Local IT leaders still struggle to hold elected officials’ attention on cyber

A annual survey of local IT leaders found ongoing concerns about cyber funding and whether elected officials are paying enough attention.
(Getty Images)

Technology officials in local government continue to be challenged in getting their governments’ elected leaders to focus on cybersecurity concerns, according to a survey published last week by CompTIA’s Public Technology Institute.

The report, which interviewed 69 city and county IT officials from around the United States, showed 61% say their elected leaders are just “somewhat” engaged on cybersecurity issues, while 20% said those officials are not engaged at all. Meanwhile, the percentage of tech officials who said their electeds are “very engaged” came in at 19%, down from the 22% who said the same last year.

Meanwhile, the position of chief information security officer is still far from a universal position in local government, with just 39% saying their city or county had such a role. But 81% said their governments have enterprisewide cybersecurity policies setting guidelines for employee behavior and operational safeguards. And half of organizations have incident response plans that are tested regularly, according to CompTIA.

But concerns over funding for cyber programs continue to linger in local government, the survey found, with 63% of respondents saying their budgets are insufficient to support their information security initiatives. But CompTIA also found a sign of progress despite that: 70% said their cybersecurity budgets increased over the past year, which Alan Shark, the Public Technology Institute’s executive director, called “good news.”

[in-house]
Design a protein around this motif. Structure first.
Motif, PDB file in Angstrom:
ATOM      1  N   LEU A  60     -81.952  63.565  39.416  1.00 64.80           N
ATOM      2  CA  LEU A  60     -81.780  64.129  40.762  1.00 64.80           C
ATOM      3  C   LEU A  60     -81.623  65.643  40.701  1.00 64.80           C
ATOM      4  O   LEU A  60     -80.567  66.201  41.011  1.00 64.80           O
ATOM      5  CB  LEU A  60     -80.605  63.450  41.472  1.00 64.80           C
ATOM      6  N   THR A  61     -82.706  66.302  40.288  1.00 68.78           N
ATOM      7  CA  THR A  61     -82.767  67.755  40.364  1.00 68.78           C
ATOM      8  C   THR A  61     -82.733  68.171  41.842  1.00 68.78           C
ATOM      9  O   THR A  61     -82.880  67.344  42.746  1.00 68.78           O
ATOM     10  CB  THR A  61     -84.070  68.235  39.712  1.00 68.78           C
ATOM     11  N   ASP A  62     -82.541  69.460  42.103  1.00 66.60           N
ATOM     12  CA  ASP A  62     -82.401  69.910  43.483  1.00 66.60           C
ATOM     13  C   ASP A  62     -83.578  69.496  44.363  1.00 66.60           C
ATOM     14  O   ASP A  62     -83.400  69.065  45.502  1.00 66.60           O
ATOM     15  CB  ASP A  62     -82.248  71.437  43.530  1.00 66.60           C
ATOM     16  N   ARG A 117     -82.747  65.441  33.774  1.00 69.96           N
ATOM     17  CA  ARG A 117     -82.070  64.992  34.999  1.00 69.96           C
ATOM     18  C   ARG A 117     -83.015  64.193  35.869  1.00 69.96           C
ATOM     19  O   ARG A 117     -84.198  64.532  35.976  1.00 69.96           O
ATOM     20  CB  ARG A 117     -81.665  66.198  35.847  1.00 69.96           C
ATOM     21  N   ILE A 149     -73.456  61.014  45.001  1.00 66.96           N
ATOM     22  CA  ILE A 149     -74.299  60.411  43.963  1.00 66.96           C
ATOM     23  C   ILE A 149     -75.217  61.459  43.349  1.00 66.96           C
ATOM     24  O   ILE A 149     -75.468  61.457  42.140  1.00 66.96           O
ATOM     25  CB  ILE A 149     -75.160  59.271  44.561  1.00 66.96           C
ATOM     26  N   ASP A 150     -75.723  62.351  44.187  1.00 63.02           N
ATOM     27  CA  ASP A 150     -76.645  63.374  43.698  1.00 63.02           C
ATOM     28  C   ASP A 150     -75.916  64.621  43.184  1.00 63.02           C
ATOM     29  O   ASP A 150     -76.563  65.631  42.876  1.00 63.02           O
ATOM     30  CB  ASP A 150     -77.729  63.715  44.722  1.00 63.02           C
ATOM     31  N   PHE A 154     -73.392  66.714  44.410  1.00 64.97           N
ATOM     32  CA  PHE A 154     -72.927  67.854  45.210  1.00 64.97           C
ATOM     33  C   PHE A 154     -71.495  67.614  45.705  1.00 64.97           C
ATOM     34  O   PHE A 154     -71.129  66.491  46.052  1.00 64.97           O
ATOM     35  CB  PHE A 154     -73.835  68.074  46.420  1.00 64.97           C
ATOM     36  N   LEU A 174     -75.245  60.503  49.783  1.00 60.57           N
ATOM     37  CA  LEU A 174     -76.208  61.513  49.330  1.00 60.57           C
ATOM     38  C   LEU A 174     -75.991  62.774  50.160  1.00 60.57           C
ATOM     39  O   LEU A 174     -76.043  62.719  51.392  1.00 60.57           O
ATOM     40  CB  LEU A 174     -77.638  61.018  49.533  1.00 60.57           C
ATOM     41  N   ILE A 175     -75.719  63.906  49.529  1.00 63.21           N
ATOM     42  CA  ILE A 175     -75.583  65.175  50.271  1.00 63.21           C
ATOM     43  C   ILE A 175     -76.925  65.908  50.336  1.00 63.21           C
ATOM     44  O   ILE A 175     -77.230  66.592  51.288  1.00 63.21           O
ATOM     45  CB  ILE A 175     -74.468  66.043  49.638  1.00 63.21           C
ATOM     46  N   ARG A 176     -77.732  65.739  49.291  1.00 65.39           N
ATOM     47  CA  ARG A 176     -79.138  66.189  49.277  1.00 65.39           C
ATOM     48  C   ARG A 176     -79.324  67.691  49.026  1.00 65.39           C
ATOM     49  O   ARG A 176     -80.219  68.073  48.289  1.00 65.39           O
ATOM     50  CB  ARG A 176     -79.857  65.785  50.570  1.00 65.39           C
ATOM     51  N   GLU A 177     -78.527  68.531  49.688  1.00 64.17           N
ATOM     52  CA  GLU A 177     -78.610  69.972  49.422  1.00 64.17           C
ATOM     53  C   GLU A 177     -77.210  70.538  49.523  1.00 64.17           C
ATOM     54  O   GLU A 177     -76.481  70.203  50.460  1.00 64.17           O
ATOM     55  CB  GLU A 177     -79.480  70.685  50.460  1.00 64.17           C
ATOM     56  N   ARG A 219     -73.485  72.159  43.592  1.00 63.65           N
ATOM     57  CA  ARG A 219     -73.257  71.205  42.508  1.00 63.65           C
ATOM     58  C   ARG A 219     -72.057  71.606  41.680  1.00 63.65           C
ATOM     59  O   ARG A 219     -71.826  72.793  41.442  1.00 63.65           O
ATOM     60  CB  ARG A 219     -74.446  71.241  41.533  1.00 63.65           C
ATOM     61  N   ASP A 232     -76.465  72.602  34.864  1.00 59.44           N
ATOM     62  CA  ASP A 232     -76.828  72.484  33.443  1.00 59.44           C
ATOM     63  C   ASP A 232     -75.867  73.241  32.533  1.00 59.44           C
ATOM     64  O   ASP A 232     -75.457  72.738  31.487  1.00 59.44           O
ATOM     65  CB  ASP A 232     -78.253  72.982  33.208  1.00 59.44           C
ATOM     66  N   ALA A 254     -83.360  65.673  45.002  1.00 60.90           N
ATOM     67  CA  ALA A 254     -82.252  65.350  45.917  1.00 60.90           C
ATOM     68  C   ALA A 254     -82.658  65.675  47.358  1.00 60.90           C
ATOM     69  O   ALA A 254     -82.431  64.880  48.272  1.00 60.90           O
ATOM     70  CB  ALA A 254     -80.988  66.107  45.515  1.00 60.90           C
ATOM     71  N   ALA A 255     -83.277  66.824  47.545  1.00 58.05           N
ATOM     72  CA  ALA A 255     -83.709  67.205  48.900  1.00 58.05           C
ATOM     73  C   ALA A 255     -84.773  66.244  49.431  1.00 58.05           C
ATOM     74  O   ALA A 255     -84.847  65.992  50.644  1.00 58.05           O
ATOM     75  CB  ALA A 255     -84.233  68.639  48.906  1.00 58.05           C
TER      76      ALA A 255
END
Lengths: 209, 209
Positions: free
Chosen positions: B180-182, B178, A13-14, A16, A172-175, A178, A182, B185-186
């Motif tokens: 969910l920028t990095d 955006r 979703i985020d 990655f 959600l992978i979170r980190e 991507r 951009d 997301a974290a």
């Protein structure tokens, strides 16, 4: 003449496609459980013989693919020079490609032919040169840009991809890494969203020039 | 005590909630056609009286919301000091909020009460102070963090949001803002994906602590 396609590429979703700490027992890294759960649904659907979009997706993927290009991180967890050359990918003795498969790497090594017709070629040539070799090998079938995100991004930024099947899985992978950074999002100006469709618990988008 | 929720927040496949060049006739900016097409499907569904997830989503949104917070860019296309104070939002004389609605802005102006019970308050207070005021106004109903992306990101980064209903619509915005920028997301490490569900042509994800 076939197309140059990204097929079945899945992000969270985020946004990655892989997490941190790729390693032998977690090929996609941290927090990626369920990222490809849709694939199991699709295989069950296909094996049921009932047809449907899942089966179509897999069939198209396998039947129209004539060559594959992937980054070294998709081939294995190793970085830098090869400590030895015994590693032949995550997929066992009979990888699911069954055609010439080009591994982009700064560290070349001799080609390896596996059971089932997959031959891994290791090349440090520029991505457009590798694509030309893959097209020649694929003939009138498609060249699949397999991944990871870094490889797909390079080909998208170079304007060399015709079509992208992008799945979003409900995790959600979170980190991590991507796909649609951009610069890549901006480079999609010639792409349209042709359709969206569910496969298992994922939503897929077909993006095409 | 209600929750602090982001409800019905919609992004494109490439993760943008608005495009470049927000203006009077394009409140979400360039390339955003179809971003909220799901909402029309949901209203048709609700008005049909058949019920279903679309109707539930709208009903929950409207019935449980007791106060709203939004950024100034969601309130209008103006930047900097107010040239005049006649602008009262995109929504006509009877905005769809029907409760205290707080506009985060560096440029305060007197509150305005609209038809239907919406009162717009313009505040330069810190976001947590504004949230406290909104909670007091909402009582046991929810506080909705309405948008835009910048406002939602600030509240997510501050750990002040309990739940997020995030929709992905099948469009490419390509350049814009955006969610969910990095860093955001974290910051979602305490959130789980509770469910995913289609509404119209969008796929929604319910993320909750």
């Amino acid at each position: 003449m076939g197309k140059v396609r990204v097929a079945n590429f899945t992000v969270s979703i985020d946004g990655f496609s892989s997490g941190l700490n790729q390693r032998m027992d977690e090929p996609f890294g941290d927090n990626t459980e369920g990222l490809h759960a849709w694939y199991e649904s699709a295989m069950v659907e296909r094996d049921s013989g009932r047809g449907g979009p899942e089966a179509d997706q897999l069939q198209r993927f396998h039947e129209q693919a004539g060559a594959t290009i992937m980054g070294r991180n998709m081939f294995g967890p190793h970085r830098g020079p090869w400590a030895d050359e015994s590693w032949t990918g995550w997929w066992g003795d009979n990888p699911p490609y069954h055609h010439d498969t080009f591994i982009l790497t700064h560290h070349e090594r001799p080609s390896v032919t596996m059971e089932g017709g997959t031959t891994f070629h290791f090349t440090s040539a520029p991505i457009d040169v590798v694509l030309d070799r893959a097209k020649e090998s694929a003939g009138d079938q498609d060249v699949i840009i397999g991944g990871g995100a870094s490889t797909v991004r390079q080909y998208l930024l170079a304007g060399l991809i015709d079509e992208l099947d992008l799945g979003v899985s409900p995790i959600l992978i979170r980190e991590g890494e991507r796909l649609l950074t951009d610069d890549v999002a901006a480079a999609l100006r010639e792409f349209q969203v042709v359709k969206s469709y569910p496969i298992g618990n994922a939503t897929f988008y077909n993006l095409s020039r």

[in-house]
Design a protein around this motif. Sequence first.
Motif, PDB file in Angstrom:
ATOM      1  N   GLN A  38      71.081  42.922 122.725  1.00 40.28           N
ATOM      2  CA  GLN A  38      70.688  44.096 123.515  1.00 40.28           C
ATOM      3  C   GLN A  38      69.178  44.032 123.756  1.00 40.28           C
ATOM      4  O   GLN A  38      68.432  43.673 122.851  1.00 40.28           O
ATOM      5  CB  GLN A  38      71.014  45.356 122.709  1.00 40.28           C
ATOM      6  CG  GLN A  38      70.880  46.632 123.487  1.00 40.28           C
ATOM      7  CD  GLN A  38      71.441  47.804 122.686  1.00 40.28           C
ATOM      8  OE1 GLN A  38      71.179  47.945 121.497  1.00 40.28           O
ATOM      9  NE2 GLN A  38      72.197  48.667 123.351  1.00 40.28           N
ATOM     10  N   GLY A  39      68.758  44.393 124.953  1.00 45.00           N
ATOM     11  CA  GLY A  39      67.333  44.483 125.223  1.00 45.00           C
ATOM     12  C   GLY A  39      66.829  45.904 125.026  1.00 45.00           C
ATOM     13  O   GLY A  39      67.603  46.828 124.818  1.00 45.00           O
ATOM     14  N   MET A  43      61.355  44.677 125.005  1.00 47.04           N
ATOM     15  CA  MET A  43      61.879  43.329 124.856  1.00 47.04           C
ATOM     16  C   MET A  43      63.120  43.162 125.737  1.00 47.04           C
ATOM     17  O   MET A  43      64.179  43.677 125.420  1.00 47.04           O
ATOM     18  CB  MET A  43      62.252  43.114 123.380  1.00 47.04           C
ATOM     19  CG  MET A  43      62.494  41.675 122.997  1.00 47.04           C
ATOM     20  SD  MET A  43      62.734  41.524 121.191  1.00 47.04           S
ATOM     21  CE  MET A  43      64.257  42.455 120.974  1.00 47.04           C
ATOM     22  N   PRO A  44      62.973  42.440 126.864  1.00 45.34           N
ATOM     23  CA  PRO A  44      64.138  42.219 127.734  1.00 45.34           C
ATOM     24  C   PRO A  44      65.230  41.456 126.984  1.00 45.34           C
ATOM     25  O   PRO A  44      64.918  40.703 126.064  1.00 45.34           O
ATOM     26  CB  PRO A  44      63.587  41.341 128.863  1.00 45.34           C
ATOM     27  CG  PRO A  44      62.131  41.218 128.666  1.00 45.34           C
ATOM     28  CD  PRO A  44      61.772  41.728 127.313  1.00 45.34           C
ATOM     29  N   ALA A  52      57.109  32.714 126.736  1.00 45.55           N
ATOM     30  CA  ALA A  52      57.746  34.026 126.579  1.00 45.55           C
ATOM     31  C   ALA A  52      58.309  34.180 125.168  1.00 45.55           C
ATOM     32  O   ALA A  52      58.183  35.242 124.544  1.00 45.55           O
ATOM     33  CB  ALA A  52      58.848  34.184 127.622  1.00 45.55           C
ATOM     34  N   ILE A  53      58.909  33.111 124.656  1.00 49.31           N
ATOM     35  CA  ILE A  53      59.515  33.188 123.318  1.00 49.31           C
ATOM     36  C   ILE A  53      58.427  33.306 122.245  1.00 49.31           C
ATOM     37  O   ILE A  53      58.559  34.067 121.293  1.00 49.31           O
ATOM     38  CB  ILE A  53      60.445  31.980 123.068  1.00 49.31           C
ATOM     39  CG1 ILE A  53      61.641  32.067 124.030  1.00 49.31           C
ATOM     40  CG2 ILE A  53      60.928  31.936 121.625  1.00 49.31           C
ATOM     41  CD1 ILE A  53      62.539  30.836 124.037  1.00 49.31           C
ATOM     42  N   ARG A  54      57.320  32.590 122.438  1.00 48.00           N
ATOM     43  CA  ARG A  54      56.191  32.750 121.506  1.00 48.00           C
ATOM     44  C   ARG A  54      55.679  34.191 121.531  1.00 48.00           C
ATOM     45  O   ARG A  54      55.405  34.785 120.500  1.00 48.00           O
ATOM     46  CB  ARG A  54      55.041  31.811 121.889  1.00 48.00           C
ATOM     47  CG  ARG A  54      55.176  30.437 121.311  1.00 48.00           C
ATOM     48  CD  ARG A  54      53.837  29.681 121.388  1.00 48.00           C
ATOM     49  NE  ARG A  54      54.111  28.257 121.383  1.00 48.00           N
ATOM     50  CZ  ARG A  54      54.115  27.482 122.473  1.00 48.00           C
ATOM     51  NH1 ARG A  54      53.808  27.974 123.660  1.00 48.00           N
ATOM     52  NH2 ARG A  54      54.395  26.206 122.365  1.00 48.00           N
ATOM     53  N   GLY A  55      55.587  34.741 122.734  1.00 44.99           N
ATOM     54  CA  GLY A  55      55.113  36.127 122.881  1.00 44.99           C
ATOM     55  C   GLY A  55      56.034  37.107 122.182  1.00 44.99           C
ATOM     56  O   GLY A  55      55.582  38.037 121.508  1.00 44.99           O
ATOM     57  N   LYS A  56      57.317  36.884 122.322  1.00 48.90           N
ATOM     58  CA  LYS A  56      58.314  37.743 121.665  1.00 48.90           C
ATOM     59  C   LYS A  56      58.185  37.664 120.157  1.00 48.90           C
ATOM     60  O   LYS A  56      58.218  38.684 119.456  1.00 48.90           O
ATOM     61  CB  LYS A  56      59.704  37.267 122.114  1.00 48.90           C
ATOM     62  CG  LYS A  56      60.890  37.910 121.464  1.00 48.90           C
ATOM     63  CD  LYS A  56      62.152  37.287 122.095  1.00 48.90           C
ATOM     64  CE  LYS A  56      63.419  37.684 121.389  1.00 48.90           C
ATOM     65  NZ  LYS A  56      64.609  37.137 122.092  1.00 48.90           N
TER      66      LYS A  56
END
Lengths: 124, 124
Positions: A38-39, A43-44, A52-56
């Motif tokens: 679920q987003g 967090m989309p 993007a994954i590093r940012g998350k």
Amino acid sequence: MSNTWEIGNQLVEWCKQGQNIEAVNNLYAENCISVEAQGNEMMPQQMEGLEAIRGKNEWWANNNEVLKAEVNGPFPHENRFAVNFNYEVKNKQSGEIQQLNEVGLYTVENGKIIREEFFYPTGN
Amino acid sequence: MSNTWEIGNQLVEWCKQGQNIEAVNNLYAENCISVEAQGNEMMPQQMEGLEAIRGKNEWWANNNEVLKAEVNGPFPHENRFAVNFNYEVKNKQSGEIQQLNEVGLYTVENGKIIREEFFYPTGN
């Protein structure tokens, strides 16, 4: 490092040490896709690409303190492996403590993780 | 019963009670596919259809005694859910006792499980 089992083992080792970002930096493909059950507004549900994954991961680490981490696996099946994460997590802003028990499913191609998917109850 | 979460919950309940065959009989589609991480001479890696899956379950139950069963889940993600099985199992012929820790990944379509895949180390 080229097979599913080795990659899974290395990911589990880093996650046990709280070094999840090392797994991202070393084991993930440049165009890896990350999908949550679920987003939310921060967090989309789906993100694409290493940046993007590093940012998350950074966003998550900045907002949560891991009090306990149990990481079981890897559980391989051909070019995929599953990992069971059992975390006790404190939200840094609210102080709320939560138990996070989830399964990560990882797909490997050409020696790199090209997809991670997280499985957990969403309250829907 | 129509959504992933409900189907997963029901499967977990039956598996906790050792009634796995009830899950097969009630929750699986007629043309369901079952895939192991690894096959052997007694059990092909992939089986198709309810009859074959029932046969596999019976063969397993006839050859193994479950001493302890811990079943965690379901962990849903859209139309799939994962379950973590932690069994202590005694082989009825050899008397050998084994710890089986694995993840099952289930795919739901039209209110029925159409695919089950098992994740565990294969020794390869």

The U.S. Department of Homeland Security’s new state and local cyber grant program, which formally kicked off in September, is expected to provide a bit of a salve against threats like ransomware and data breaches, but the survey’s participants said they don’t expect it to be very impactful, with just $1 billion for the entire country spread across four years.

“While the federal funding for state and local cyber programs helps, it is not the ‘pot of gold at the end of the rainbow’ that some might have envisioned,” Shark wrote in the survey report.

The questionnaire backed that up: When asked if they expect their organization will receive a slice of the grant program, just 29% of local tech leaders said yes, while 56% said they were unsure.

Benjamin Freed

Written by Benjamin Freed

Benjamin Freed was the managing editor of StateScoop and EdScoop, covering cybersecurity issues affecting state and local governments across the country. He wrote extensively about ransomware, election security and the federal government’s role in assisting states and cities with information security.

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